Nature Notes: Caprock Canyons State Park: The West Texas Plains as They Were

Texas Parks & Wildlife photograph. Caprock Canyons State Park, northeast of Lubbock, is home to the Texas state bison herd.

The drive to Caprock Canyons State Park is a quintessential West Texas experience. Traveling northeast from Lubbock, one is swiftly submerged in an immensity unique to the Great Plains. Rural isolation increases, and you surrender to the scale of the great plateau, the Llano Estacado.

You pass through tiny towns, farming communities, their lush fields and historic buildings suggesting strong foundations. Only giant new wind turbines remind you you’re not in an earlier century.

A hundred miles, and you arrive at the Llano’s edge – the caprock. The feeling of time travel deepens. On rich prairie, beneath dazzling red cliffs, bison roam – the Texas state herd. At Caprock Canyons, you glimpse the plains as they were.

There are no population centers nearby. It’s not off a major highway. Isolated Caprock Canyons has remained largely overlooked even by outdoors enthusiasts. It’s been overshadowed by another Panhandle park – Palo Duro Canyon. For many visitors, part of Caprock’s magic is the sense of discovery.

Dawson Enloe is assistant superintendent. He says many visitors arrive without expectations – and are awed.

“Most people will tell you that they didn’t know this place was here,” Enloe said. “A lot of the people I talk to – ‘This is my first time I’ve been here – I never knew this place existed.’ It’s still that hidden gem feel.”

It’s stunning scenery. Amidst a prairie sea, Caprock is an island of form and color. Rocks of the Permian and Triassic past – more than 200 million years old – are exposed in dramatic redbeds. They glow in canyons, cliffs and rugged outcroppings.

The Great Plains were fundamentally altered by white settlement. Bison herds – tens of millions strong – were slaughtered, in part to crush the Plains Indians. Grazing practices eroded soils, and mesquite and juniper invaded former grasslands.

On Caprock’s 15,000 acres, park Supt. Donald Beard is leading prairie restoration.

Bison are part of that effort. The herd is a main attraction – and it has a unique history.

“It’s not just bison,” Enloe said, “but this belongs to the state of Texas, which belongs to the people of Texas. This is their herd. And the background of this herd is so deep, it’s like a history of Texas.”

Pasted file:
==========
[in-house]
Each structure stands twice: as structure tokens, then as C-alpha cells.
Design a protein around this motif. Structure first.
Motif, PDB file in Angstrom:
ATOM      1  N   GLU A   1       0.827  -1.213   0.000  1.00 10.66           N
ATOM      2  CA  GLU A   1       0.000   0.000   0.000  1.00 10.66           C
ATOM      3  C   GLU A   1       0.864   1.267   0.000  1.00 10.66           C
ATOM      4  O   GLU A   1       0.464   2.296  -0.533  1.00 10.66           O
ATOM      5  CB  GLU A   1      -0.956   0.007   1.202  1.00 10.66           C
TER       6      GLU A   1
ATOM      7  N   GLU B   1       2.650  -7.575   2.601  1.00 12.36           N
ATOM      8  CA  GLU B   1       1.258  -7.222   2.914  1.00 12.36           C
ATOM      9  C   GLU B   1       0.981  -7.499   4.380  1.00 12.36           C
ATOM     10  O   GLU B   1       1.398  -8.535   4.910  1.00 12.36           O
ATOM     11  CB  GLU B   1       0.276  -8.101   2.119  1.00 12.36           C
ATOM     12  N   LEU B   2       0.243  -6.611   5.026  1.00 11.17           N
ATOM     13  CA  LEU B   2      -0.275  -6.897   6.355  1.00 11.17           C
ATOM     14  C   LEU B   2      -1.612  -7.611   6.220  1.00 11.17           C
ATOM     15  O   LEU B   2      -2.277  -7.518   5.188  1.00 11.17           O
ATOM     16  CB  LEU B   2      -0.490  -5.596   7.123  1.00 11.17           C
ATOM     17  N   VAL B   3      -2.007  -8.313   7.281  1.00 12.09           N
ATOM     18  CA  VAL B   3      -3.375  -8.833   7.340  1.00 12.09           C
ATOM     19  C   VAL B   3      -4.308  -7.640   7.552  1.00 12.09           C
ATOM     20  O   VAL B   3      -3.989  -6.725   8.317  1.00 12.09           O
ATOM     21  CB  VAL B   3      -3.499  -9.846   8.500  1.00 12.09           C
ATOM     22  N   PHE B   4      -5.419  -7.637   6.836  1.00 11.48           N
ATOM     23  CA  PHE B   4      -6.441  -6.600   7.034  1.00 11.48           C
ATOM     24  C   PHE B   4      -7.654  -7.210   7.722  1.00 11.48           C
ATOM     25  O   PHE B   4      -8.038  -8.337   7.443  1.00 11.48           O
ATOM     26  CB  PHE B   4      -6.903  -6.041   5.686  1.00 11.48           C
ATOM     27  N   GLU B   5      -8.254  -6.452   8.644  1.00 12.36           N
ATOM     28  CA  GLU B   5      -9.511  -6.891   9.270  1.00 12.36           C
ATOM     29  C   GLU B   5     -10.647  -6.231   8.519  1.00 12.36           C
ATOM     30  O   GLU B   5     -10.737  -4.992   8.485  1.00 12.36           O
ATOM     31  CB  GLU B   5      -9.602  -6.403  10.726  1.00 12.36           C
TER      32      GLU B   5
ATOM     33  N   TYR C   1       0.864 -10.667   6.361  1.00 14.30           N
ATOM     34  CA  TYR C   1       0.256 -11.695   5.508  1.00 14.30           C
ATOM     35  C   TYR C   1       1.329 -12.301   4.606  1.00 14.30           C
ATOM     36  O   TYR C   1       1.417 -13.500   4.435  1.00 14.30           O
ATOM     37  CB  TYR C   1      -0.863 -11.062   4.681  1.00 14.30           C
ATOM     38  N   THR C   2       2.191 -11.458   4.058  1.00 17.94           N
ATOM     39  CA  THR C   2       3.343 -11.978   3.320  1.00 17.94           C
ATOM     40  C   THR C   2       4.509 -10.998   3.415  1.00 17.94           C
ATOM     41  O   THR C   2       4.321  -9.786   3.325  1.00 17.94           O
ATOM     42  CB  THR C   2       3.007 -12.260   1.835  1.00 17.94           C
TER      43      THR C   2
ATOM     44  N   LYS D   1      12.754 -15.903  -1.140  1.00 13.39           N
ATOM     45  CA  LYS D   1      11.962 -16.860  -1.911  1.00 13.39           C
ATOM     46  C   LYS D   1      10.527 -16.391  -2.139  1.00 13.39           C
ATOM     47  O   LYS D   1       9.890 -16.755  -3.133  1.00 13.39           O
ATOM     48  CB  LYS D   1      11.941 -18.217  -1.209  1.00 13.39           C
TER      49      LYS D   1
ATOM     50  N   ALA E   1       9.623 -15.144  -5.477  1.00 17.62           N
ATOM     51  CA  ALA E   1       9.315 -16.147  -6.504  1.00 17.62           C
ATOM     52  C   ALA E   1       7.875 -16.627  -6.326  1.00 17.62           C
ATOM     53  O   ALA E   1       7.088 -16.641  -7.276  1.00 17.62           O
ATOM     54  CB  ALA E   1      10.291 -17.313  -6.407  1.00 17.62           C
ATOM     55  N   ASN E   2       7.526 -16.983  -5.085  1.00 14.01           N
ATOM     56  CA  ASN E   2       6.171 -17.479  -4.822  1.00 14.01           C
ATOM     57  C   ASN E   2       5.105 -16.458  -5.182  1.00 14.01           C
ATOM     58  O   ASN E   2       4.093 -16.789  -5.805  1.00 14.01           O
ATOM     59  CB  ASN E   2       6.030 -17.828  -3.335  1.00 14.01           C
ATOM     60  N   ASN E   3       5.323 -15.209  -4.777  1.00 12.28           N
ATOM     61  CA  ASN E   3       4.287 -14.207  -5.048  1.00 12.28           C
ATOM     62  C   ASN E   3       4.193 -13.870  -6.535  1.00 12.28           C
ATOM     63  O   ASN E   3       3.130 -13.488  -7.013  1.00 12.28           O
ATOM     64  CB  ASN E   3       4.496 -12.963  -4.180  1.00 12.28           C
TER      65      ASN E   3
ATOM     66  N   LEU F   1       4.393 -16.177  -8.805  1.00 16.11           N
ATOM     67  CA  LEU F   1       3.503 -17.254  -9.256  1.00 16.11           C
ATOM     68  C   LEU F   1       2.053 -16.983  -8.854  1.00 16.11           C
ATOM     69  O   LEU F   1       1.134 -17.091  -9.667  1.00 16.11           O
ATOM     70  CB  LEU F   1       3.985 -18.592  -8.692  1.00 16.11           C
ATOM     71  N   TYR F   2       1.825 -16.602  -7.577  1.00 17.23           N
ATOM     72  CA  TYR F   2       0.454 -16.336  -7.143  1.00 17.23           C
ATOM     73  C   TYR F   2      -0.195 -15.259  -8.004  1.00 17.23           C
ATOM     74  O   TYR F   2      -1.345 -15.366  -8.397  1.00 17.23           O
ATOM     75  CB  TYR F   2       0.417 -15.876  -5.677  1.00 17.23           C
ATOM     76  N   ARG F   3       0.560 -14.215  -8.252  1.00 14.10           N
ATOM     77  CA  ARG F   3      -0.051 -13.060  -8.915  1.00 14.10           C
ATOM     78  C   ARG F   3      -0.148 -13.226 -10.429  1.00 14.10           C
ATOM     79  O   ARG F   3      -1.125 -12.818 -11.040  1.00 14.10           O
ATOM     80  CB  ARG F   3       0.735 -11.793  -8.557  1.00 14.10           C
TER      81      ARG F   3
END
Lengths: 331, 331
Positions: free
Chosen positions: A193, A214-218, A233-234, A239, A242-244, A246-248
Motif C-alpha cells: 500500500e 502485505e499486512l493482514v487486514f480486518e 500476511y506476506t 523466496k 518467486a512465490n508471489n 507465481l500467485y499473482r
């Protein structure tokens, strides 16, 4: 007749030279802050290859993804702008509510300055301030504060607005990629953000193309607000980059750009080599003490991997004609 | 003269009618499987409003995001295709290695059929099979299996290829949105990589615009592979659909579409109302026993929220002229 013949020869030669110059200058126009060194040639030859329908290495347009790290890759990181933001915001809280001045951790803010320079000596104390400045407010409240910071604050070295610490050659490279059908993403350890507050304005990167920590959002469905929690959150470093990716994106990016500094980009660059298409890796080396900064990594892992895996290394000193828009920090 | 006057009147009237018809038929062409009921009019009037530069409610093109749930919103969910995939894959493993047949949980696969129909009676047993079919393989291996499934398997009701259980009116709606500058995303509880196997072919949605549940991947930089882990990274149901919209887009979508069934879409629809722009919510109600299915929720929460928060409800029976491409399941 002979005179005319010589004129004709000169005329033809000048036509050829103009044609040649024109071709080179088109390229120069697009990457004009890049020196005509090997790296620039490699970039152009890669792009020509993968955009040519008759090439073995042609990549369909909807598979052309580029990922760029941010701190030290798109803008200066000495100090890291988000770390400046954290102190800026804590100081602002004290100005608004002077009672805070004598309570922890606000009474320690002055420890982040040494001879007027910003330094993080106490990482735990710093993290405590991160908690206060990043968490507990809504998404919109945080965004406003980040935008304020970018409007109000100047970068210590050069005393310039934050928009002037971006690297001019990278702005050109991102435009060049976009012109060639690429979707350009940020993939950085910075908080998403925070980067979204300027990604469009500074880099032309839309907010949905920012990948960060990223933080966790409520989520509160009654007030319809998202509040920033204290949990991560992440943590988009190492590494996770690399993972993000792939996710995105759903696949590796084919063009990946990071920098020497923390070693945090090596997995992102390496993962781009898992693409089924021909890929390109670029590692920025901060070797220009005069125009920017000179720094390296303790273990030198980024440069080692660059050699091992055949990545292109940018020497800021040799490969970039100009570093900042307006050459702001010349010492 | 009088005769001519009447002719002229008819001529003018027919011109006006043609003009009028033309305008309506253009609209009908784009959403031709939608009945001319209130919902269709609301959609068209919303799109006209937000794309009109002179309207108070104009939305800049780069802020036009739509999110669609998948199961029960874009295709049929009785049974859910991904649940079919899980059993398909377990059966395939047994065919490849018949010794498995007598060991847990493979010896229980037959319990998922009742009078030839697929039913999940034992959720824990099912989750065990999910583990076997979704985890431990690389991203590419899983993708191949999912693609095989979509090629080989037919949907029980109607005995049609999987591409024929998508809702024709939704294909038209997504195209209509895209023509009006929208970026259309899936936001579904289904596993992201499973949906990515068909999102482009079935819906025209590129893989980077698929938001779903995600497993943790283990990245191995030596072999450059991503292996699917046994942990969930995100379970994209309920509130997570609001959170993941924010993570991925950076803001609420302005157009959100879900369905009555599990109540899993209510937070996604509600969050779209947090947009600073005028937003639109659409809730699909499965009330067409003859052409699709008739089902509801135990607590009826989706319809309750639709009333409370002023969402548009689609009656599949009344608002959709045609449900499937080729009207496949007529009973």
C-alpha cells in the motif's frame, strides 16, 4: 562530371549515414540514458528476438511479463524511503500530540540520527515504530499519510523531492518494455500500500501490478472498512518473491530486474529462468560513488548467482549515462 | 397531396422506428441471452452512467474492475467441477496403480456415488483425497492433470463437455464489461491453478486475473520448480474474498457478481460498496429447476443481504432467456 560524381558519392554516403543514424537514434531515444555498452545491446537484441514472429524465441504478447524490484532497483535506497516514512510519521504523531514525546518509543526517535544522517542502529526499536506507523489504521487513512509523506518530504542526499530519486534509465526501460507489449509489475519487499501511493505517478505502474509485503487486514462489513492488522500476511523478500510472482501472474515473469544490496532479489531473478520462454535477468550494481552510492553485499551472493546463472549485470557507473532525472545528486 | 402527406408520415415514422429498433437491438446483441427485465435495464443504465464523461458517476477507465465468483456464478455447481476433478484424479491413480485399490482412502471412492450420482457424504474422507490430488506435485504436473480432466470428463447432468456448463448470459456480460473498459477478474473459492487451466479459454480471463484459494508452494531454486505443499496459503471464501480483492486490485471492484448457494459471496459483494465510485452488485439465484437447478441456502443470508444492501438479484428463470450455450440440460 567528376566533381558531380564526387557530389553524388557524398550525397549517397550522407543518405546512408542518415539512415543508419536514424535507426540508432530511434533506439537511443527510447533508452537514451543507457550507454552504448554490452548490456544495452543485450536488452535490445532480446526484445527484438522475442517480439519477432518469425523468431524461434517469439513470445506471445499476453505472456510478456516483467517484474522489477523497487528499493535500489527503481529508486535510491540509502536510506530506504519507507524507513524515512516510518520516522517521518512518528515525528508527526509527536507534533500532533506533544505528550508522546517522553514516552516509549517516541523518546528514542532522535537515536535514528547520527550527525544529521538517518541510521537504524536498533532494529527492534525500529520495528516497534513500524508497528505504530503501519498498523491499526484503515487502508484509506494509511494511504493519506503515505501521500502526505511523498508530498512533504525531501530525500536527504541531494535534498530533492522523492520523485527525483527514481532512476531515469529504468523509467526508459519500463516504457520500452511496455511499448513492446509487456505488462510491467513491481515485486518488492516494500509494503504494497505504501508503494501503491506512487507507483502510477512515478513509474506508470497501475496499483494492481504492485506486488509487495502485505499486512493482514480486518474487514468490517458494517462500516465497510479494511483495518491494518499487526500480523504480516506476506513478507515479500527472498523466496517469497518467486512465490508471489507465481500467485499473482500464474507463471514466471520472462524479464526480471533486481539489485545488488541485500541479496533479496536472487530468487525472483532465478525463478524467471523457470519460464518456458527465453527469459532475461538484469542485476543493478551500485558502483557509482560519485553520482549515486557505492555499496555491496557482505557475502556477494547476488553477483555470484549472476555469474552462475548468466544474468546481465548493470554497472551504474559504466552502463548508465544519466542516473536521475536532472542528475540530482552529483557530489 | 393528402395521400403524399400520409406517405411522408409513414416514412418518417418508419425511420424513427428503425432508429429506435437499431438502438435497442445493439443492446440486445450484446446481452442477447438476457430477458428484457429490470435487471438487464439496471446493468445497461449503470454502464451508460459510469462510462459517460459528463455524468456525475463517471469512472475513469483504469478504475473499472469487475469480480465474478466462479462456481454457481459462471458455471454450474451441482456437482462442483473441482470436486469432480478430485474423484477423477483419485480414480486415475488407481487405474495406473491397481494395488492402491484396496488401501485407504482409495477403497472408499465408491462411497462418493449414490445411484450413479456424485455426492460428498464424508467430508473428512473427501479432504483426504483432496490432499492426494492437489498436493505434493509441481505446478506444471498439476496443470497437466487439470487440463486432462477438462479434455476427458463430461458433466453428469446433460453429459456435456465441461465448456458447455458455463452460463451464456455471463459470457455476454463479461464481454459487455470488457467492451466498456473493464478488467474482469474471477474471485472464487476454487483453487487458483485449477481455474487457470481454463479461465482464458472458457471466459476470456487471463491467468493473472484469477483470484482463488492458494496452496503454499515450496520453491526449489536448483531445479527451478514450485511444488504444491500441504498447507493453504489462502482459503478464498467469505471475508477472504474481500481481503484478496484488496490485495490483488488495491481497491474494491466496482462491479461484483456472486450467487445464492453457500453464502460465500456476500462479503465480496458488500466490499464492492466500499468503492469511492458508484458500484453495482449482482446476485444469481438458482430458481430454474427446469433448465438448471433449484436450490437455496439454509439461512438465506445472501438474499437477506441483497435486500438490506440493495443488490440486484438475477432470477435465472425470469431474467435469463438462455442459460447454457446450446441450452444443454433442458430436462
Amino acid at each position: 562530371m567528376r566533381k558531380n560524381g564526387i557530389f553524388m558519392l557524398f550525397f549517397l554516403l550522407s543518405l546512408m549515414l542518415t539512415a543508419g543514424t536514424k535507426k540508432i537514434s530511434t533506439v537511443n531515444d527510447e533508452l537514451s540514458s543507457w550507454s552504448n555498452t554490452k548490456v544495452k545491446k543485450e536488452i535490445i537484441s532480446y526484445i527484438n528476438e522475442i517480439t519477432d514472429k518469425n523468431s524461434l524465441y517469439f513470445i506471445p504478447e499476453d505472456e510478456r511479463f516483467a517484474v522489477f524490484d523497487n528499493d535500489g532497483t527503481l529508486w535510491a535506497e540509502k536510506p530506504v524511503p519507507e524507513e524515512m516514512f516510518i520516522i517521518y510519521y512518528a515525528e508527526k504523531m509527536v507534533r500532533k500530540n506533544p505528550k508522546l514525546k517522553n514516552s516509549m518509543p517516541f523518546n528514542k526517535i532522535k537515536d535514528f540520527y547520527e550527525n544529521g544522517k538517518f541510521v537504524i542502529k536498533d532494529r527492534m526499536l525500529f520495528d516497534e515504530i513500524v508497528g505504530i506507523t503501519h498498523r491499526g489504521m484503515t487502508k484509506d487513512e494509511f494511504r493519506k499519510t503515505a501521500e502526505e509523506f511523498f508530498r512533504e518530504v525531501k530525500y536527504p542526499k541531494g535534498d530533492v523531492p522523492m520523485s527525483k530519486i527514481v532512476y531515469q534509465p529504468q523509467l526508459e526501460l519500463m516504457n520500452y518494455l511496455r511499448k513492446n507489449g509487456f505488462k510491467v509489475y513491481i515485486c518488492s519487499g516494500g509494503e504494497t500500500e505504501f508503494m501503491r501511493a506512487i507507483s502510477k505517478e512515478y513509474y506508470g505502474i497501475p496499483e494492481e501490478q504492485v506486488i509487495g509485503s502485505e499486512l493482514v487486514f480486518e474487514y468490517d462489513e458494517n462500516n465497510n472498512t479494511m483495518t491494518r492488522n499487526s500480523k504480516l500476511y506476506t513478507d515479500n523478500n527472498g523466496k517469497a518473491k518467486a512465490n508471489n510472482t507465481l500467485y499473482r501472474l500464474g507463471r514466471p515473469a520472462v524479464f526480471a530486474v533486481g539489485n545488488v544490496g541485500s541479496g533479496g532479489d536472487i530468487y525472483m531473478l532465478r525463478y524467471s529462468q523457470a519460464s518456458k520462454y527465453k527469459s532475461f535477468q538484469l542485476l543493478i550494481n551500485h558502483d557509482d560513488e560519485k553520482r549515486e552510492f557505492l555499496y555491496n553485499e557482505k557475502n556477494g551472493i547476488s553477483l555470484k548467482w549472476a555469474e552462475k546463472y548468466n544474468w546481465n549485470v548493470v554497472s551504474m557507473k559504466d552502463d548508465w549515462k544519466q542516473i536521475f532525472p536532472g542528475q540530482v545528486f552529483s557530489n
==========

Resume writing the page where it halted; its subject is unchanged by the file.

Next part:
Legendary cowman Charles Goodnight ranched nearby. Lore has it his wife Mary heard the bawling of six orphaned calves – the last remnant of the decimated southern bison herd. She convinced Charles to preserve the animals. The Caprock bison are their descendants.

The herd came here in 1997. First held in enclosures, they were loosed to roam the park in 2014. Today there are more than 150. Visitors must stay at least 50 yards from these wild, intimidating creatures.

Caprock has reintroduced another “keystone” prairie species. Prairie dog towns have been established in remote locations – and near the park’s largest campground, Honey Flats. Campground guests encounter the prairie dogs’ bustling communal life.

The Caprock secret is getting out. Since 2010, annual visitation has increased fourfold – from 25,000 to more than 100,000. But solitude can still be found. The park has 25 miles of trails – open to hiking, biking and equestrian use.

These plains were irresistible to nomadic hunters from the Ice Age through the 19th century, and Caprock contains a rich record of the Native American past. There’s an important site near the park’s spring-fed lakes. Ten thousand years ago, hunters drove Ice Age bison into a box canyon. From above, others dispatched the animals with spears. Archeologists found something remarkable here – hinting at ancient ritual traditions.

Le’Ann Pigg is park interpreter.

“They found a feature that was just a series of bison jawbones and leg bones, all in a man-made circular pattern, with a bison skull just to the side of it,” Pigg said. “It’s probably something ceremonial, but we don’t know that for sure.”

There are resources beyond the park itself. On the 64-mile Caprock Canyons Trailway, hikers, riders and cyclists take an epic journey through prairie and canyon. And the park provides guided tours to Clarity Tunnel. In summer, the abandoned railroad tunnel is home to half a million Mexican free-tailed bats. The evening bat flight is the Llano’s largest.

Caprock Canyons is a hidden gem among state parks. It’s also a window into the deep history of the West Texas plains.

Quitaque, near the park, hosts BisonFest Sept. 23. Proceeds from the live-music event support bison restoration. For more, visit

Nature Notes is produced by Marfa Public Radio in cooperation with the Sibley Nature Center. This episode was written by Andrew Stuart.


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